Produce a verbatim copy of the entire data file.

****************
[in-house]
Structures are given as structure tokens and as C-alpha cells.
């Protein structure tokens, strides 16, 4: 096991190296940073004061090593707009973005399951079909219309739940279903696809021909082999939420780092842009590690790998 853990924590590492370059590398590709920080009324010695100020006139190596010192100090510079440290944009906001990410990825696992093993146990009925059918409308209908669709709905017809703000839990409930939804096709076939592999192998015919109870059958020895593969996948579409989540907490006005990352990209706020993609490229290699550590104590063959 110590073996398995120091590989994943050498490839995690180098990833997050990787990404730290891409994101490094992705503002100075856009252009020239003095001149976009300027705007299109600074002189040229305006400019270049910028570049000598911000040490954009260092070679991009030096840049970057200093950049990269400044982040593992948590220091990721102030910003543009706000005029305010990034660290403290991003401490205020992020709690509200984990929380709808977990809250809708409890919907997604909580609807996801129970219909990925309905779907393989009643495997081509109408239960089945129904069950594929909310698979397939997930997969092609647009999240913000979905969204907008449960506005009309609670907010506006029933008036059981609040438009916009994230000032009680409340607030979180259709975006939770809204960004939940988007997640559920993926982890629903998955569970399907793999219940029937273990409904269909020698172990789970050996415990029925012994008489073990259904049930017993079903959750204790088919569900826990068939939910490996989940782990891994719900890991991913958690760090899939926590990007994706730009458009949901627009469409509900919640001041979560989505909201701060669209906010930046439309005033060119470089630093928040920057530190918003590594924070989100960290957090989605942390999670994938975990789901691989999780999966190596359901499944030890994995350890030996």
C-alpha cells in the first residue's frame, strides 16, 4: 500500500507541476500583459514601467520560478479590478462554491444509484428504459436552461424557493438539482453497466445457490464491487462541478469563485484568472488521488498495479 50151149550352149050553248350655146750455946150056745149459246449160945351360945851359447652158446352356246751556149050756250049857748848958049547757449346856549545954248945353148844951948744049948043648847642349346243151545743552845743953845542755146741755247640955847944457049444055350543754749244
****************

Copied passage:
[in-house]
Structures are given as structure tokens and as C-alpha cells.
């Protein structure tokens, strides 16, 4: 096991190296940073004061090593707009973005399951079909219309739940279903696809021909082999939420780092842009590690790998 853990924590590492370059590398590709920080009324010695100020006139190596010192100090510079440290944009906001990410990825696992093993146990009925059918409308209908669709709905017809703000839990409930939804096709076939592999192998015919109870059958020895593969996948579409989540907490006005990352990209706020993609490229290699550590104590063959 110590073996398995120091590989994943050498490839995690180098990833997050990787990404730290891409994101490094992705503002100075856009252009020239003095001149976009300027705007299109600074002189040229305006400019270049910028570049000598911000040490954009260092070679991009030096840049970057200093950049990269400044982040593992948590220091990721102030910003543009706000005029305010990034660290403290991003401490205020992020709690509200984990929380709808977990809250809708409890919907997604909580609807996801129970219909990925309905779907393989009643495997081509109408239960089945129904069950594929909310698979397939997930997969092609647009999240913000979905969204907008449960506005009309609670907010506006029933008036059981609040438009916009994230000032009680409340607030979180259709975006939770809204960004939940988007997640559920993926982890629903998955569970399907793999219940029937273990409904269909020698172990789970050996415990029925012994008489073990259904049930017993079903959750204790088919569900826990068939939910490996989940782990891994719900890991991913958690760090899939926590990007994706730009458009949901627009469409509900919640001041979560989505909201701060669209906010930046439309005033060119470089630093928040920057530190918003590594924070989100960290957090989605942390999670994938975990789901691989999780999966190596359901499944030890994995350890030996």
C-alpha cells in the first residue's frame, strides 16, 4: 500500500507541476500583459514601467520560478479590478462554491444509484428504459436552461424557493438539482453497466445457490464491487462541478469563485484568472488521488498495479 50151149550352149050553248350655146750455946150056745149459246449160945351360945851359447652158446352356246751556149050756250049857748848958049547757449346856549545954248945353148844951948744049948043648847642349346243151545743552845743953845542755146741755247640955847944457049444055350543754749244